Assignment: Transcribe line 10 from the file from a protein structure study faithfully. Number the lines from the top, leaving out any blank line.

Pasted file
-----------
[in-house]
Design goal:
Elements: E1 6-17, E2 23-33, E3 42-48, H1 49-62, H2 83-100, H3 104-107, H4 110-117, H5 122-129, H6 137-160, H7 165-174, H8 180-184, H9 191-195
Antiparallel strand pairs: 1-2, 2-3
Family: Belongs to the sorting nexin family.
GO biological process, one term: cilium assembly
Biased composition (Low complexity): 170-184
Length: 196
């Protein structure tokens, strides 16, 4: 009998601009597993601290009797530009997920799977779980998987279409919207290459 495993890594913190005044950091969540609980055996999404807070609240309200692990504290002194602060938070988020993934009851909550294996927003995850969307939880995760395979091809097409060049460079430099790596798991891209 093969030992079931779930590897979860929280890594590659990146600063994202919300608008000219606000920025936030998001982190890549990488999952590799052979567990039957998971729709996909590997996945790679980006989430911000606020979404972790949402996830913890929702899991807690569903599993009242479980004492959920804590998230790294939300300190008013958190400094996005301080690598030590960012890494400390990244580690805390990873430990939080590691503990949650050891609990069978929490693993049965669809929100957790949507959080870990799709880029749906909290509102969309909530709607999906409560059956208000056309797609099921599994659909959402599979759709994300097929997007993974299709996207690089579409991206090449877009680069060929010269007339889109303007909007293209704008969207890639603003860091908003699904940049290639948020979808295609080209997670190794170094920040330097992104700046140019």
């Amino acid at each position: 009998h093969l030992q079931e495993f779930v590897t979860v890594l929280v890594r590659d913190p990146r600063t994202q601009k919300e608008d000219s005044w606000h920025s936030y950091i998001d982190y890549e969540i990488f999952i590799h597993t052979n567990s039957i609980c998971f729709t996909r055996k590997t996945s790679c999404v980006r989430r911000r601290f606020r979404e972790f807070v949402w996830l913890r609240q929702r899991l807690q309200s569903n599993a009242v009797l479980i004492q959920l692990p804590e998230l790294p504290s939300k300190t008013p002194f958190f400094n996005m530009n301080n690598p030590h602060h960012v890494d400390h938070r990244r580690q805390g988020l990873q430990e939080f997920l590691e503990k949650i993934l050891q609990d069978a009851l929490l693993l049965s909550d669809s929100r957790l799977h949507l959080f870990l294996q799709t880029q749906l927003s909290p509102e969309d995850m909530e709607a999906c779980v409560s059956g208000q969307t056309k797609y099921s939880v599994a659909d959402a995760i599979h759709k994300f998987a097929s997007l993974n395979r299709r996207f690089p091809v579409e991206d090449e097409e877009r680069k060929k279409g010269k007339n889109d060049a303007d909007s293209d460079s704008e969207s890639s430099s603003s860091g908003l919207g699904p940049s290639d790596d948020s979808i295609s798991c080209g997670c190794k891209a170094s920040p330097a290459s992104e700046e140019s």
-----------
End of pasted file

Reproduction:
């Amino acid at each position: 009998h093969l030992q079931e495993f779930v590897t979860v890594l929280v890594r590659d913190p990146r600063t994202q601009k919300e608008d000219s005044w606000h920025s936030y950091i998001d982190y890549e969540i990488f999952i590799h597993t052979n567990s039957i609980c998971f729709t996909r055996k590997t996945s790679c999404v980006r989430r911000r601290f606020r979404e972790f807070v949402w996830l913890r609240q929702r899991l807690q309200s569903n599993a009242v009797l479980i004492q959920l692990p804590e998230l790294p504290s939300k300190t008013p002194f958190f400094n996005m530009n301080n690598p030590h602060h960012v890494d400390h938070r990244r580690q805390g988020l990873q430990e939080f997920l590691e503990k949650i993934l050891q609990d069978a009851l929490l693993l049965s909550d669809s929100r957790l799977h949507l959080f870990l294996q799709t880029q749906l927003s909290p509102e969309d995850m909530e709607a999906c779980v409560s059956g208000q969307t056309k797609y099921s939880v599994a659909d959402a995760i599979h759709k994300f998987a097929s997007l993974n395979r299709r996207f690089p091809v579409e991206d090449e097409e877009r680069k060929k279409g010269k007339n889109d060049a303007d909007s293209d460079s704008e969207s890639s430099s603003s860091g908003l919207g699904p940049s290639d790596d948020s979808i295609s798991c080209g997670c190794k891209a170094s920040p330097a290459s992104e700046e140019s």